In an about-turn from a recent interim recommendation, the UK’s Trade Remedies Authority has proposed to keep anti-dumping measures of between 18.4% and 22.5% on imports of steel rebar from China, the authority stated Sept. 30.
The measures are applicable on imports of high fatigue performance steel concrete reinforcement bars from China into the UK that are typically used in the construction industry, it said.
The TRA has changed its original proposal to abolish the duties due to the availability of additional data and economic forecasts since the July publication of a Statement of Essential Facts (SEF) and receipt of new responses from participants in the trade case, it said. The TRA no longer considers that keeping the measures in place would result in supply issues for HFP Rebar.
In July 2016, definitive anti-dumping duties on the product were imposed by the European Commission, and the TRA’s recent review of the product’s status is a transition review, initiated in April 2021, following the UK’s exit from the European Union, the SEF noted.
The EC, however, allowed the EU’s anti-dumping measures on the Chinese HFP rebars to expire in July 2021 without review.
The TRA was formally and legally established in 2021 as an independent arm’s-length body of the UK’s Department for International Trade, or DIT.
In a statement issued Sept. 30 detailing the reasons for the TRA’s about-turn on its previous recommendation, the TRA said that the likelihood of dumping and injury occurring from the imports continues, and therefore it is recommending to keep the current anti-dumping amount.
The TRA had previously “identified a risk that the Russian invasion of Ukraine may lead to a shortfall in supply of HFP Rebar in the UK as a result of a significant reduction in imports from Russia, Belarus, and Ukraine, which have historically been significant sources of HFP Rebar for the UK market,” it said in a public notice. “The import data, which has become available since the publication of the SEF, shows that imports from Russia, Ukraine, and Belarus have fallen as anticipated; however, these have been replaced by imports from other countries such as Portugal, Spain and Turkey.”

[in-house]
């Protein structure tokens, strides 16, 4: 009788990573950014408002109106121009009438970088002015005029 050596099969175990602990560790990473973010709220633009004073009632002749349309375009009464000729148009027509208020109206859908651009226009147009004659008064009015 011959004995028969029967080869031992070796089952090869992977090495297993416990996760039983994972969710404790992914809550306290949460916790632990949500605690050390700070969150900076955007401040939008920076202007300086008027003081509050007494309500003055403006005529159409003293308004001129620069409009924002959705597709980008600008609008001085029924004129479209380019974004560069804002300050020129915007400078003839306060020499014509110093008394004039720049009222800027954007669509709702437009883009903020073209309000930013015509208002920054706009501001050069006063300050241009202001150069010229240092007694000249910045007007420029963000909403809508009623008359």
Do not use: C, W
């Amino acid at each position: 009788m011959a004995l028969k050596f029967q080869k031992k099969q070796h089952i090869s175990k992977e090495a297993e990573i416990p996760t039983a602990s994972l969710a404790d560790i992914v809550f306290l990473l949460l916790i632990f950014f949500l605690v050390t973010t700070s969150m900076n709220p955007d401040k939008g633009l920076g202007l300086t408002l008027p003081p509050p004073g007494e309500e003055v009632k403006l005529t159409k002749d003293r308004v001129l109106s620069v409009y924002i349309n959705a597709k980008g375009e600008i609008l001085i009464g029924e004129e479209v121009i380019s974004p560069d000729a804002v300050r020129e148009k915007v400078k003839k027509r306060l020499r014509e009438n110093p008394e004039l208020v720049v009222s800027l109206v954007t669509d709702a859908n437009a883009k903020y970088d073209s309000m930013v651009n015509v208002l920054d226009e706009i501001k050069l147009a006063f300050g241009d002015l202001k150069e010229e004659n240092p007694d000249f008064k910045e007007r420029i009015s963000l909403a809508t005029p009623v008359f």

In addition, recent forecasts for the construction sector and the UK economy as a whole now indicate that demand for HFP rebar is unlikely to rise as previously anticipated. As a result, the continuation of the anti-dumping duties on Chinese imports would not have any significant impact on supplies to the UK’s construction industry, it said.
“New evidence suggests that international supply has proven to be more resilient than we anticipated and the forecasts for demand look weaker,” the TRA said in the public notice. “We no longer consider undersupply of HFP Rebar to be likely. We, therefore, conclude that maintaining the measure is in the economic interests of the UK.”
Import data from the UK’s tax and customs body HMRC shows that imports of rebar into the UK from all origins rose over January-May to around 230,000 mt, up from around 170,000 mt and 200,000 mt in the same period of 2021 and 2019, respectively, before the impact of COVID-19. Imports were just under 150,000 mt in January-May 2020, a period when the market was impacted by COVID-19, the data showed.
UK importers of the Chinese rebars were cited in the original 2016 EC decision to impose duties as CMC Ltd, Eurosteel Ltd and Ronly Ltd.
Following the latest recommendation from the TRA, interested parties have until Oct.14 to comment. The TRA will then produce a final recommendation, which will be sent to the secretary of state for international trade to take the final decision on whether to uphold the TRA’s recommendation.
— Diana Kinch